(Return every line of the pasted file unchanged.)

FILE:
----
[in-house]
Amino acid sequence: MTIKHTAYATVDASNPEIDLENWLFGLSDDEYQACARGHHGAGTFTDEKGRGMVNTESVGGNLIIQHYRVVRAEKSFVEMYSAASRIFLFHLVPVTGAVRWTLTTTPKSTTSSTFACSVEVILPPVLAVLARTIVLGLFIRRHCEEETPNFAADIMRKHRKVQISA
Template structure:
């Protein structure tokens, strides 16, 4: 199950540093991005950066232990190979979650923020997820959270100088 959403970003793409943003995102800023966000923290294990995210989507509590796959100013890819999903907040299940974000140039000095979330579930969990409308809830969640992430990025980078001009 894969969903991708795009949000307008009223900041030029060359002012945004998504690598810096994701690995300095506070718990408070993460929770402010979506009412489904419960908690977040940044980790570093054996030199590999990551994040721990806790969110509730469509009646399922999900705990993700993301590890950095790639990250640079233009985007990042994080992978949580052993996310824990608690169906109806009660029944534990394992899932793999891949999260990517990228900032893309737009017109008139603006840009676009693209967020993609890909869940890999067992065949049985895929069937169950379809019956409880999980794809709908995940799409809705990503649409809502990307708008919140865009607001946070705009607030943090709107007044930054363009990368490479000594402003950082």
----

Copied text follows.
[in-house]
Amino acid sequence: MTIKHTAYATVDASNPEIDLENWLFGLSDDEYQACARGHHGAGTFTDEKGRGMVNTESVGGNLIIQHYRVVRAEKSFVEMYSAASRIFLFHLVPVTGAVRWTLTTTPKSTTSSTFACSVEVILPPVLAVLARTIVLGLFIRRHCEEETPNFAADIMRKHRKVQISA
Template structure:
């Protein structure tokens, strides 16, 4: 199950540093991005950066232990190979979650923020997820959270100088 959403970003793409943003995102800023966000923290294990995210989507509590796959100013890819999903907040299940974000140039000095979330579930969990409308809830969640992430990025980078001009 894969969903991708795009949000307008009223900041030029060359002012945004998504690598810096994701690995300095506070718990408070993460929770402010979506009412489904419960908690977040940044980790570093054996030199590999990551994040721990806790969110509730469509009646399922999900705990993700993301590890950095790639990250640079233009985007990042994080992978949580052993996310824990608690169906109806009660029944534990394992899932793999891949999260990517990228900032893309737009017109008139603006840009676009693209967020993609890909869940890999067992065949049985895929069937169950379809019956409880999980794809709908995940799409809705990503649409809502990307708008919140865009607001946070705009607030943090709107007044930054363009990368490479000594402003950082």